On Jan. 1, 2018, Germany introduced pension legislation aimed at strengthening workplace pensions by creating a system of collective defined contribution plans. And yet, a year later, not a single plan has been introduced based on the reforms.
Speaking at an event in Frankfurt in November 2018, a board member from IG Metall, Germany’s largest union (with two million members), said the issue is on the agenda for its annual meeting later in 2019. Indeed, industry representatives don’t anticipate seeing any follow-through on the reforms before 2020 or 2021 at the earliest, according to Peter Koenig, managing partner at Delta Management Consulting in Wiesbaden, Germany.
“It is anything but clear how the new pension deal should look in practice,” he says, noting the reputational risk for first-movers is considered very high.
The main reason for the delay is that employers are required to collectively bargain before introducing the new plan, says Norbert Pieper, spokesperson for Bafin, Germany’s federal financial supervisory authority. “We need the social partners, those parties that have a collective agreement between the employer and the employees, to participate in the implementation and the management of defined contribution, which means defined contribution ought to be part of a collective agreement between the social partners, and this has proved rather difficult.”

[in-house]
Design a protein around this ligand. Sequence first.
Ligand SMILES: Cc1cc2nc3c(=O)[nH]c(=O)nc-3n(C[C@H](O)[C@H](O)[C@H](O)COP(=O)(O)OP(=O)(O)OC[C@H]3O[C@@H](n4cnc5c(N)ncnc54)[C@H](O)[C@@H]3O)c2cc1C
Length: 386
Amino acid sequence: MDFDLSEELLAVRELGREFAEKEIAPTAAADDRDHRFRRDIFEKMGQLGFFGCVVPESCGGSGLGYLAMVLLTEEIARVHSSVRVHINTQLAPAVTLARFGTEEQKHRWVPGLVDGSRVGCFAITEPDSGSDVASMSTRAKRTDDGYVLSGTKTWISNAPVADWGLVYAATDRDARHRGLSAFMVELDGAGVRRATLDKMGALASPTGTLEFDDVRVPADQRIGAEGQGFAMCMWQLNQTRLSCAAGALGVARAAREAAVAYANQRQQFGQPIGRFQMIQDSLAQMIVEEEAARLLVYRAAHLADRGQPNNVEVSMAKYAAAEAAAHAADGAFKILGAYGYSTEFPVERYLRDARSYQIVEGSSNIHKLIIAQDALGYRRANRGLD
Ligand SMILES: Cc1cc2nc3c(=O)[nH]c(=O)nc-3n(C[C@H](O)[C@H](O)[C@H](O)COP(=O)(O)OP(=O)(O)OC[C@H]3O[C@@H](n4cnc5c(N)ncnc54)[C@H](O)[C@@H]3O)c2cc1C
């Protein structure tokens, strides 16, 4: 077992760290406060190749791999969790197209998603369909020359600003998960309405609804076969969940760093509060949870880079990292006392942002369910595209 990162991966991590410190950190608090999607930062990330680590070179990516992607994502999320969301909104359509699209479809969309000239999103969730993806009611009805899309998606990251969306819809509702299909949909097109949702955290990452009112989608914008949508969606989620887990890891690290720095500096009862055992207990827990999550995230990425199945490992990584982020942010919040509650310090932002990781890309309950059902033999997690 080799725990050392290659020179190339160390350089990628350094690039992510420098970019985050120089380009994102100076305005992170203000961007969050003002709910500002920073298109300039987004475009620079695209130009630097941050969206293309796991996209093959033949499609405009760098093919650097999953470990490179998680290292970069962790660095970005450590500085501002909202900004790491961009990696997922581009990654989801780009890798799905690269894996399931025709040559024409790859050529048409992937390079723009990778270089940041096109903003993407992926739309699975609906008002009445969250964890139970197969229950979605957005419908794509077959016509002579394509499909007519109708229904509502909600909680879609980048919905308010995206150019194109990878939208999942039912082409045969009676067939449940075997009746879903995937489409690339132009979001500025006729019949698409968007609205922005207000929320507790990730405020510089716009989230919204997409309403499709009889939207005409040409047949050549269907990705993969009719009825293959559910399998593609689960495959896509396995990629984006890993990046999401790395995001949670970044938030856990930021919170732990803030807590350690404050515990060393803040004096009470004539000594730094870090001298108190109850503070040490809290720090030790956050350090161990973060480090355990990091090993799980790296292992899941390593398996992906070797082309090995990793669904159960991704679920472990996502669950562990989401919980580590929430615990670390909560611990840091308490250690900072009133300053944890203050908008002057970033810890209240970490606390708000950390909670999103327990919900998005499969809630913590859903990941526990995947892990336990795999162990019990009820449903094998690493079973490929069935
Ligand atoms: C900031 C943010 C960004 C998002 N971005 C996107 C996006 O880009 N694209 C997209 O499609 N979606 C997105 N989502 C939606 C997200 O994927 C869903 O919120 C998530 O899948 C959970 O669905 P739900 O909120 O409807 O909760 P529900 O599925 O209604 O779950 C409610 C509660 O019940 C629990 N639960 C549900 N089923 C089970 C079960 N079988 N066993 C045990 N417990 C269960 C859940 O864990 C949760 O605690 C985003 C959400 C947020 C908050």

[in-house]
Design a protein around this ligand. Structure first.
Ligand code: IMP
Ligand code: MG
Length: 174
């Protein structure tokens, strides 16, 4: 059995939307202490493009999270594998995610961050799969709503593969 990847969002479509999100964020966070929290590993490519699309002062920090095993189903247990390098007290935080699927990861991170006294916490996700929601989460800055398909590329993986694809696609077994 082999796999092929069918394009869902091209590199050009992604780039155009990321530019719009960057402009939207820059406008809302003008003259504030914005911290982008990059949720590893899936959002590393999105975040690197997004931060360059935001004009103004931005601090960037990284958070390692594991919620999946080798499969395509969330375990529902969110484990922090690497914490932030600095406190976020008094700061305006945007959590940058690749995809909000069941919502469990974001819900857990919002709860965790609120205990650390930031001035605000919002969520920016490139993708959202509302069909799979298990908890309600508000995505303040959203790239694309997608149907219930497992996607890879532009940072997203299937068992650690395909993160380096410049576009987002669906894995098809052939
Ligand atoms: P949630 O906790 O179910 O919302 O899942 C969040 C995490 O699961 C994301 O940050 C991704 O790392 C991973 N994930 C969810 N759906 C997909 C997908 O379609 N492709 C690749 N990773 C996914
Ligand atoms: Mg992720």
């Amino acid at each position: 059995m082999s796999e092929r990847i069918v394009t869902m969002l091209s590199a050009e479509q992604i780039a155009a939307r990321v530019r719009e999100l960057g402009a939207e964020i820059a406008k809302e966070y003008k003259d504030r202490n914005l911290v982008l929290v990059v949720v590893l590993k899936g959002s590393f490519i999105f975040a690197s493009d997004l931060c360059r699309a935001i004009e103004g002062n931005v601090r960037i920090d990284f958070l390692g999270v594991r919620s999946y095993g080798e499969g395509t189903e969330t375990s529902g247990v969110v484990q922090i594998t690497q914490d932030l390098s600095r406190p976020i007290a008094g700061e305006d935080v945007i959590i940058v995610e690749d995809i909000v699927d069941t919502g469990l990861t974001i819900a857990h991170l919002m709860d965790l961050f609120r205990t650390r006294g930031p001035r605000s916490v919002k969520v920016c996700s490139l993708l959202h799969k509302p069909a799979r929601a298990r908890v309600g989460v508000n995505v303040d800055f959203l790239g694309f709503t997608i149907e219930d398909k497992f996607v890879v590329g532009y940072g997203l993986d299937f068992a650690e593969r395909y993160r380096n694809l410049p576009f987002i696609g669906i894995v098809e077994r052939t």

However, Pieper says Bafin has had several conversations with interested parties, as well as with potential pension providers. “So there is seemingly interest to provide defined contribution, but due to the challenges, we’ve not had social partners implement a concept of defined contribution and have not offered any contracts based on defined contribution.”
A defined benefit pension system has existed in Germany for some 150 years, says Koenig, noting the nature of that pension deal was very clear. “Employees defer part of their compensation to their life as pensioners, employers provide security in the form of [minimum] return guarantees for those contributions and the government allows for tax deferrals and supervises the guarantee provisions.”
But with the future of DB plans uncertain around the globe, Germany began mulling over the idea of new pension legislation aimed at strengthening retirement security. “The idea was the low interest rate environment wouldn’t allow for further expansion of coverage in [Germany’s] traditional DB system, since the provision of guarantees has become very costly,” says Koenig, referring to the fact that several DB pensions fell below the 100 per cent solvency ratios required by law in 2018.
“The expectation was that the removal of the guarantee burden from plan sponsors would lead to an increase of [coverage], in particular from small and mid-sized company sponsors . . . where pension coverage is traditionally rather low,” he adds.
The challenges, benefits of ‘pure’ DC
The new DC plans are facing two major hurdles, according to Pieper. “On the one hand, social partners must participate in the implementation and the management of defined contribution, especially as far as the investment policy is concerned. And it’s a political issue because of the occupational tension and, in this case, defined contribution [isn’t] usually part of any kind of negotiations between the social partners.”